by Toby Green
Wednesday, 1
December 2021
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07:00

Covid panic is hurting African countries once again

The bias towards shutting borders is not as wise as people think
by Toby Green
Workers protest in Gauteng province in August

Why have world governments panicked in response to the Omicron Covid variant, which the doctor who discovered it has said produces very mild symptoms?

Earlier this week, Bloomberg reported that the South African government was seeking to stop imports of Pfizer Covid vaccines — just two days later, the WHO declared Omicron a “variant of concern”, thereby shattering the Southern African tourist industry.

Consequently, Southern African economies (already on their knees after the last 20 months) will be devastated. Tourism accounts not only for 7% of outright GDP across Africa, but also a large percentage of allied service industries. As Busi Mavuso of the Business Leadership South Africa forum put it:

Our tourism industry has been dealt another serious body blow… Tourism employs disproportionate numbers of women and less skilled workers. It is particularly important in the fight against poverty.
- Busi Mavuso, Business Leadership South Africa

The impacts of this closure will be catastrophic on the continent. In 2020, 12.4 million jobs were lost in Africa’s travel and tourism sector as a result of the Covid shutdowns. And in The Gambia, for example, tour guides said they had lost between 60 and 90% of their earnings. 

With this bias towards aggressive shut-your-borders policies, with “Independent SAGE” as usual agitating for the severest restrictions, world governments continue to be blind to the impacts of the shutdown model on poor countries. (As well as the initial evidence that suggests that the Omicron variant may even be milder than Delta.)

The Omicron response follows the pattern of discriminatory Covid policies, where segregating the unvaccinated means disproportionately targeting large numbers of members of minority communities, who for reasons of historic racism are suspicious of the Covid vaccines — and where vaccines are hoarded through authoritarian mandates in the West, allowing few to be distributed to at-risk groups in poor countries.

The Omicron variant thus teaches us more about the irreconcilable contradictions of Western governance in the Covid era. Racism is taboo, but Covid policies perpetuate it. The migration crisis is lamented, but Covid measures are exacerbating it. Impoverishing poor countries on a massive scale is a recipe for a greater public health and migration crisis than anything brought on by Covid: we are left to look on as governments create the authoritarian playbook with which they now feel entitled to deal with the disastrous consequences of their own policies.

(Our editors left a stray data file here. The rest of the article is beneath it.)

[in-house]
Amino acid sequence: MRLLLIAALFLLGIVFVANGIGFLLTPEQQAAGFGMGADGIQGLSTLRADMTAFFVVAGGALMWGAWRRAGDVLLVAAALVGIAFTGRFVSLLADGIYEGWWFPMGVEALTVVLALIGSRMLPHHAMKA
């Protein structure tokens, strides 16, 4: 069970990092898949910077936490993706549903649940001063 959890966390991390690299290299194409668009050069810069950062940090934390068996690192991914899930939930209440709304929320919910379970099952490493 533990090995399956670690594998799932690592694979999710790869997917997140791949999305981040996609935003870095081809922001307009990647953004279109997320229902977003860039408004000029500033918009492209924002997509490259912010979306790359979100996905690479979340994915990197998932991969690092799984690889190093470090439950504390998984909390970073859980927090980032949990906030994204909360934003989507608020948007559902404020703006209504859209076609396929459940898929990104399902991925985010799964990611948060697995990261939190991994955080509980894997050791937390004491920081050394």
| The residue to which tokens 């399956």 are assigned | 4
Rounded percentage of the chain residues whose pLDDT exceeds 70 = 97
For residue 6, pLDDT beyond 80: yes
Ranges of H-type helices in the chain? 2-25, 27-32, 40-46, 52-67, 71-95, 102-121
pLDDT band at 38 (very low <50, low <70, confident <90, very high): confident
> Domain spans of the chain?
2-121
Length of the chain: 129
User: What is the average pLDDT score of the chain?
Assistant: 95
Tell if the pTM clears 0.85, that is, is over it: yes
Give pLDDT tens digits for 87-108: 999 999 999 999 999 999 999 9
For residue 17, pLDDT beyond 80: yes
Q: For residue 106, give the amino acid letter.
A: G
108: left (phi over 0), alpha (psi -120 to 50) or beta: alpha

Toby Green’s book on the Covid Crisis is The Covid Consensus: The New Politics of Global Inequality (Hurst).

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Lesley van Reenen
Lesley van Reenen
5 months ago

And as a South African, we will never forget the UK government opening their borders to India ‘after’ the Delta variant, but keeping restrictions in place for Southern African countries. We see you.

Martin Bollis
Martin Bollis
5 months ago

We now have many, many more times familial contact with the Indian subcontinent than with South Africa.

India’s economy is significantly larger and growing. India is also perceived as a counterweight to China whereas Africa is rapidly becoming a Chinese sphere of influence.

None of this makes me happy or proud but realpolitik rarely does

Lesley van Reenen
Lesley van Reenen
5 months ago
Reply to  Martin Bollis

Of course India has more familial contact (and has a much larger economy) than South Africa – India has 1.4 billion people and South Africa has 60 million people. Less people have migrated, but fact remains that both countries are part of the Commonwealth.
This of course in no way removes the stench from the decision (as you have alluded to) – and the stench reeks of racism.

Chris Wheatley
Chris Wheatley
5 months ago